Every summer since 1975, crowds of jazz fanatics from across the world flock to the small Swiss town of Willisau for its annual music festival. Bright posters welcome them—some illustrative, some typographic. Homages to Keith Jarrett rendered in CMYK pink, blue, and yellow line the wooden market square; a typographic silhouette of Thelonious Monk boldly adorns the wall of an outdoor café.
Since he founded the Willisau Jazz Festival in the ’70s, graphic designer Niklaus Troxler has been behind the event’s iconic annual posters. Each print has always been the same size, produced at the very same workshop.
It was as early as ’66 that the designer began combining his passion for jazz with his own profession, creating the promotional material for all of the musicians he invited to play the area. “Chick Corea played his very first solo concern here in 1972,” says Troxler. “Keith Jarrett showed up four times, and on stage, he called Willisau ‘one of the best places for music in the world.’ By 1975, the time was ripe to start a festival.”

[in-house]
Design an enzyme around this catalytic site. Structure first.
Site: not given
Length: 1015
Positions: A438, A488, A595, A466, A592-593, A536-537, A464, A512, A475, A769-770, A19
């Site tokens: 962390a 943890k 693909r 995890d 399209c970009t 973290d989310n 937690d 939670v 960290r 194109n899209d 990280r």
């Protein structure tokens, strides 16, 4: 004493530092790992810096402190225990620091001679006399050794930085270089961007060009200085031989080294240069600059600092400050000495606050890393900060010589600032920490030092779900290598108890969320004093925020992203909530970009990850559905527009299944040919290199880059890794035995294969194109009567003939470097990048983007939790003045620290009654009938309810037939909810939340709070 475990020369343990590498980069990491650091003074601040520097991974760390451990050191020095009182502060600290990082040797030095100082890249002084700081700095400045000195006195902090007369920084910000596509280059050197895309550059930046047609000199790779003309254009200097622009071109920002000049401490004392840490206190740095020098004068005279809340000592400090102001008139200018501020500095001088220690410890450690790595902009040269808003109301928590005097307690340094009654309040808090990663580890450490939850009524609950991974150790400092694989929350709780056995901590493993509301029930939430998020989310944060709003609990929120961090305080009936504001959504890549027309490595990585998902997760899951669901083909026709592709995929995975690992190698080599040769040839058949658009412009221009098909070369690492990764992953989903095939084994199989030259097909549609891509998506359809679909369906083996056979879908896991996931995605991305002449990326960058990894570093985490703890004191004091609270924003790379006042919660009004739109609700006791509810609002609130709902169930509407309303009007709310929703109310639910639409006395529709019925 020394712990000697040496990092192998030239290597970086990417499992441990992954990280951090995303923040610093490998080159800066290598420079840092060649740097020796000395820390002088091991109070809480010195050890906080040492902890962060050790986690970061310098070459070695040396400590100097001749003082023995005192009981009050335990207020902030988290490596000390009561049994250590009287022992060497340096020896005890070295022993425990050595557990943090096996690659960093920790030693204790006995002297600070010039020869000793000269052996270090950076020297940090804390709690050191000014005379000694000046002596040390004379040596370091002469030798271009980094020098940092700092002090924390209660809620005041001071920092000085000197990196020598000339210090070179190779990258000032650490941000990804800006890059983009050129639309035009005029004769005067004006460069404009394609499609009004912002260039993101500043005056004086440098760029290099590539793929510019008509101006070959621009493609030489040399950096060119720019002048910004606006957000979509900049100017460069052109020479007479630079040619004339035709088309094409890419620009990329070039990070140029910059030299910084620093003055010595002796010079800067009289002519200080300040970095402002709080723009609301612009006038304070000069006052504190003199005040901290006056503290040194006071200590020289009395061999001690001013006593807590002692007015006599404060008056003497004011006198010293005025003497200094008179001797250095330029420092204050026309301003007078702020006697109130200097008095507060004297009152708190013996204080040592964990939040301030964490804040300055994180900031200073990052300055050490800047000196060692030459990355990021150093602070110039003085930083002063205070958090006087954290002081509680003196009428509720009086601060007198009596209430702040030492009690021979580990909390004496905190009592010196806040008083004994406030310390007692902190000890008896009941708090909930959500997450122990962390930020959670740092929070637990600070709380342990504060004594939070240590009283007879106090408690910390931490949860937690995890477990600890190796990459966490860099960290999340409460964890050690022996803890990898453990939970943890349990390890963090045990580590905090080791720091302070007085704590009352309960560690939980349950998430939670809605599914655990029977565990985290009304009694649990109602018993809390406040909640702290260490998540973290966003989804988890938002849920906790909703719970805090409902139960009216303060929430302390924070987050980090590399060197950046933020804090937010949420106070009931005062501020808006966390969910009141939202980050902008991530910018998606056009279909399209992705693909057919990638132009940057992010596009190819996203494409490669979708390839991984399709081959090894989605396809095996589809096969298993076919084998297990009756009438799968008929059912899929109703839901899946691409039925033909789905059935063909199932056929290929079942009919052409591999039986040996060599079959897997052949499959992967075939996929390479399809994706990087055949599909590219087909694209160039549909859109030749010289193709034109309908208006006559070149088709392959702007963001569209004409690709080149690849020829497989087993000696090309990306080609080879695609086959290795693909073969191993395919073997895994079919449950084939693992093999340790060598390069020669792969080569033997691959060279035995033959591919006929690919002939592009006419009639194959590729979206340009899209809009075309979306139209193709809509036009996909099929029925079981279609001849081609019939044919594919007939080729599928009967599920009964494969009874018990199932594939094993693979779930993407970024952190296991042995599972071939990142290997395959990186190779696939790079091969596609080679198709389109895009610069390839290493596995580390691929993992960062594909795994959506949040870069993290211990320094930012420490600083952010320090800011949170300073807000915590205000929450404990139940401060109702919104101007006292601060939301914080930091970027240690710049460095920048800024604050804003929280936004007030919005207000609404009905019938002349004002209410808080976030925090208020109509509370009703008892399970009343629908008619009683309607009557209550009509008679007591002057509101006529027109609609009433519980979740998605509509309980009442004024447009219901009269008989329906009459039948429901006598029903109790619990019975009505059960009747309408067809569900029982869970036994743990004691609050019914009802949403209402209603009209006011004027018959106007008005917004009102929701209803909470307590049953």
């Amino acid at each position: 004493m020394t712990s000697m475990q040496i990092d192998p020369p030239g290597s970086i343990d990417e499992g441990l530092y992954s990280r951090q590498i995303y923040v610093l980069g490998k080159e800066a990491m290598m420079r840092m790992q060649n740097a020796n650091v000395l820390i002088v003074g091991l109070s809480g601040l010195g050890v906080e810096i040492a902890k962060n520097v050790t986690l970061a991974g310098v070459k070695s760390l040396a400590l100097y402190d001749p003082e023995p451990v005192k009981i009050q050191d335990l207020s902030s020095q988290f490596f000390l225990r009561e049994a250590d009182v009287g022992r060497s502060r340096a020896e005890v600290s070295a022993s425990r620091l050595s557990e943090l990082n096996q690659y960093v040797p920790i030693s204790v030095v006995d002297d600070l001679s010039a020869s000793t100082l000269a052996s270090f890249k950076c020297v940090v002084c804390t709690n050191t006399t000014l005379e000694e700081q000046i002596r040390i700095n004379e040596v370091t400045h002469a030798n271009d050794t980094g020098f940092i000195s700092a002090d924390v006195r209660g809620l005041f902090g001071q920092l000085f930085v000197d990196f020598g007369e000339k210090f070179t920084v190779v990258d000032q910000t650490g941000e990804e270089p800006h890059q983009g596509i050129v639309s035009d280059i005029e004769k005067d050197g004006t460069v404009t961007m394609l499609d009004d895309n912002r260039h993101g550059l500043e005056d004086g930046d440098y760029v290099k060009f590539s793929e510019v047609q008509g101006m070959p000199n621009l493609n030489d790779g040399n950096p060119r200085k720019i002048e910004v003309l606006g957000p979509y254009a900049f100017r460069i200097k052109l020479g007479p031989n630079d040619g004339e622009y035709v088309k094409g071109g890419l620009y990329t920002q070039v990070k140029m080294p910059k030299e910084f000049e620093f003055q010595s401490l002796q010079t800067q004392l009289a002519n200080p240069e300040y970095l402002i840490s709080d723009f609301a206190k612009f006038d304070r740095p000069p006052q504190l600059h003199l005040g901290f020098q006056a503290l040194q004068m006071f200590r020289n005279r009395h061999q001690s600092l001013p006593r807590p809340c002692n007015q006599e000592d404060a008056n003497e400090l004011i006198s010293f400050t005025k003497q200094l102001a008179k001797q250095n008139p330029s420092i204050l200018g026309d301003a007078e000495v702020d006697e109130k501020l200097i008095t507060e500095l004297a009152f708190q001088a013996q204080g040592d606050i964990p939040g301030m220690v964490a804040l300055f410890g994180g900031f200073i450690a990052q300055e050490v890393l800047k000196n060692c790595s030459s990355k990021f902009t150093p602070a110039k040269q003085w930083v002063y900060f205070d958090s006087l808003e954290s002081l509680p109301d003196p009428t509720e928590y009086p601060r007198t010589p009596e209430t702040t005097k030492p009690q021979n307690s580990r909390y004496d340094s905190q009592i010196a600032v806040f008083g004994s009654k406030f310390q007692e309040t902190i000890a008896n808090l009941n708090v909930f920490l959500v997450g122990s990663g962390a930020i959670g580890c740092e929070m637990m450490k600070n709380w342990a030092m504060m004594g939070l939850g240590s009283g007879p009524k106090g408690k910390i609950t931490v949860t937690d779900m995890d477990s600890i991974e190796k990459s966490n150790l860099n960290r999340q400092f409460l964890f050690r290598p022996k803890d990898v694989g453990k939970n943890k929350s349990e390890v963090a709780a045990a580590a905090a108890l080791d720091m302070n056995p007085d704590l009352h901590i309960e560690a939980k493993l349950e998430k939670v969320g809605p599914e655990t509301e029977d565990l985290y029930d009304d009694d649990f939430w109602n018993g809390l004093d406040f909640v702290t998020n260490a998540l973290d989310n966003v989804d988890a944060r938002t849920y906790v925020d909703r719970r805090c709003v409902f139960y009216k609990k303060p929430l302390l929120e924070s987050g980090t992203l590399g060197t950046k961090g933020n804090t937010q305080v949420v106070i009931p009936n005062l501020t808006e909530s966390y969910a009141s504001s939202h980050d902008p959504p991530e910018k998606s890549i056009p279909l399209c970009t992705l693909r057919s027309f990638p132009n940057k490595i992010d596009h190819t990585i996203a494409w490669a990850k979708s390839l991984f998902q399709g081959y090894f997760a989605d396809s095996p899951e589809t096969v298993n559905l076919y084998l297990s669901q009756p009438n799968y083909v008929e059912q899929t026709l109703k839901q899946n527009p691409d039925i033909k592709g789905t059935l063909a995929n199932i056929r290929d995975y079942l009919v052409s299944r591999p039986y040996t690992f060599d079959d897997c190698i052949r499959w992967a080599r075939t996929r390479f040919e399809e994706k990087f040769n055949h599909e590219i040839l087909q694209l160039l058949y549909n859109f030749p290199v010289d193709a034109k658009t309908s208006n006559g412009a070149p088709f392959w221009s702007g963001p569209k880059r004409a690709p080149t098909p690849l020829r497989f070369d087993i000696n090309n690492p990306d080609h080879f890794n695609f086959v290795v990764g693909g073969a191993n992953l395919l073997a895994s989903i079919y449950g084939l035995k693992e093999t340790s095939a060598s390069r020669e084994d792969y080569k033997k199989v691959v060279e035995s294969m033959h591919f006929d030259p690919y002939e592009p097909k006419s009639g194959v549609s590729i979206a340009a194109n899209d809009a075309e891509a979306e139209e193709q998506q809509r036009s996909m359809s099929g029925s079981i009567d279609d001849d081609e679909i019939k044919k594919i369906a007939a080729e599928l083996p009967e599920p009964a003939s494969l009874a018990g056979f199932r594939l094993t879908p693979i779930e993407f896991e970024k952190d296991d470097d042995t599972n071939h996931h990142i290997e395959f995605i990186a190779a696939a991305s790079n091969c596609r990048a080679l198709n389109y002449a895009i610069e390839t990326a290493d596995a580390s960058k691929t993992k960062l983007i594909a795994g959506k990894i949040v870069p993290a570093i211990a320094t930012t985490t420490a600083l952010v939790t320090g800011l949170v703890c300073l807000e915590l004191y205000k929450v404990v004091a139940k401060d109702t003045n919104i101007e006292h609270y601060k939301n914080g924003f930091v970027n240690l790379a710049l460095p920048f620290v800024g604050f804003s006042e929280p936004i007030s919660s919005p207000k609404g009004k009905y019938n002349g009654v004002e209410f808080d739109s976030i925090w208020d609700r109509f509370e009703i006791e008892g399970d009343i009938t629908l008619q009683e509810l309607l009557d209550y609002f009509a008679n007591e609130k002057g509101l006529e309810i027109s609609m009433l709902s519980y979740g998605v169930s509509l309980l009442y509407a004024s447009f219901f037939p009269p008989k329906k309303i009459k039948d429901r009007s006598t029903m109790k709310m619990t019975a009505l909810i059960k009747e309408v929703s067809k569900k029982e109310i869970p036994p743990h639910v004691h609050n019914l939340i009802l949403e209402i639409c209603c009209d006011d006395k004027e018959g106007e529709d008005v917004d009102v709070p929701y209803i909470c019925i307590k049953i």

Troxler’s posters have garnered somewhat of a cult following for fans of design and jazz; many are included in renowned collections, including the Museum of Modern Art in New York City and the Stedelijk Museum in Amsterdam. For Troxler, the challenges behind creating these prints are much the same as any other job: “to design something competent for the event.” Though he adds, “The characteristics of jazz help. Its sense of improvisation, individualism, sound, and rhythm are all present and important in graphic design, too.”
Troxler studied design at the Lucerne School of Art in the ’60s, going on to work as an art director in Paris in 1972 before founding his own practice back home in Willisau. “Routine is the real killer,” he says, when asked about designing for the same festival for over 40 years. “Before I start designing a new print, I have to forget everything I know about poster design. I have to free my mind. I have to be open to start from the beginning. It’s only when I realize something new that I’m satisfied. That’s probably kind of my philosophy.”
Looking back through Troxler’s oeuvre, his embrace of newness is palpable; he’s never been afraid of experimentation, and continues to adapt with changing times and technologies. His overarching commitment stays the same though: Troxler continually attempts to express sound and movement, straying away from photography and other stereotypical visual cues associated with jazz communications. Today, the designer talks us through six of his memorable posters from the last four decades.
“The characteristics of jazz help. Its sense of improvisation, individualism, sound, and rhythm are all present and important in graphic design, too.”